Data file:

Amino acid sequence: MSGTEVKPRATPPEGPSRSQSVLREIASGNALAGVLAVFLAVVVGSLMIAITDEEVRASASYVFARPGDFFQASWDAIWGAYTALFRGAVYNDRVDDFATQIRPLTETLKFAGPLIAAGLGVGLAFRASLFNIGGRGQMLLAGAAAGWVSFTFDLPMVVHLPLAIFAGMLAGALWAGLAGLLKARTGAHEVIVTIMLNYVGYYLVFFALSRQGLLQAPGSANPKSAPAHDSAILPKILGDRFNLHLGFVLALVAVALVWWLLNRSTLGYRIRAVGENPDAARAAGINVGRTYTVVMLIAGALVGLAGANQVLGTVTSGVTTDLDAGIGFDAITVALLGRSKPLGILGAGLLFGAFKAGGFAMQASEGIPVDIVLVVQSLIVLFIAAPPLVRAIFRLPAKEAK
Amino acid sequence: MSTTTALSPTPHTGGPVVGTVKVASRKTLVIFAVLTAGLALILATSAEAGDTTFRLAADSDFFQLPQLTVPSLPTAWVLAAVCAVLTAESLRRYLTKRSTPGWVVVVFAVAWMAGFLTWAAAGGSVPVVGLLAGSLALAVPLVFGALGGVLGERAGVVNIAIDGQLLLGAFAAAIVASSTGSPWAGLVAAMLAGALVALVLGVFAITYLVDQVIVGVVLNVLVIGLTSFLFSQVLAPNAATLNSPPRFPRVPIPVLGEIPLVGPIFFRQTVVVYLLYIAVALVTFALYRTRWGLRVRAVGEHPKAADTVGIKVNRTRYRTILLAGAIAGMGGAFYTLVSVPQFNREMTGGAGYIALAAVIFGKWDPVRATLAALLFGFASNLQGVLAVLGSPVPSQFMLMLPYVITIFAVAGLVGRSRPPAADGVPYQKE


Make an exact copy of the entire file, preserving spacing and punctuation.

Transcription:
Amino acid sequence: MSGTEVKPRATPPEGPSRSQSVLREIASGNALAGVLAVFLAVVVGSLMIAITDEEVRASASYVFARPGDFFQASWDAIWGAYTALFRGAVYNDRVDDFATQIRPLTETLKFAGPLIAAGLGVGLAFRASLFNIGGRGQMLLAGAAAGWVSFTFDLPMVVHLPLAIFAGMLAGALWAGLAGLLKARTGAHEVIVTIMLNYVGYYLVFFALSRQGLLQAPGSANPKSAPAHDSAILPKILGDRFNLHLGFVLALVAVALVWWLLNRSTLGYRIRAVGENPDAARAAGINVGRTYTVVMLIAGALVGLAGANQVLGTVTSGVTTDLDAGIGFDAITVALLGRSKPLGILGAGLLFGAFKAGGFAMQASEGIPVDIVLVVQSLIVLFIAAPPLVRAIFRLPAKEAK
Amino acid sequence: MSTTTALSPTPHTGGPVVGTVKVASRKTLVIFAVLTAGLALILATSAEAGDTTFRLAADSDFFQLPQLTVPSLPTAWVLAAVCAVLTAESLRRYLTKRSTPGWVVVVFAVAWMAGFLTWAAAGGSVPVVGLLAGSLALAVPLVFGALGGVLGERAGVVNIAIDGQLLLGAFAAAIVASSTGSPWAGLVAAMLAGALVALVLGVFAITYLVDQVIVGVVLNVLVIGLTSFLFSQVLAPNAATLNSPPRFPRVPIPVLGEIPLVGPIFFRQTVVVYLLYIAVALVTFALYRTRWGLRVRAVGEHPKAADTVGIKVNRTRYRTILLAGAIAGMGGAFYTLVSVPQFNREMTGGAGYIALAAVIFGKWDPVRATLAALLFGFASNLQGVLAVLGSPVPSQFMLMLPYVITIFAVAGLVGRSRPPAADGVPYQKE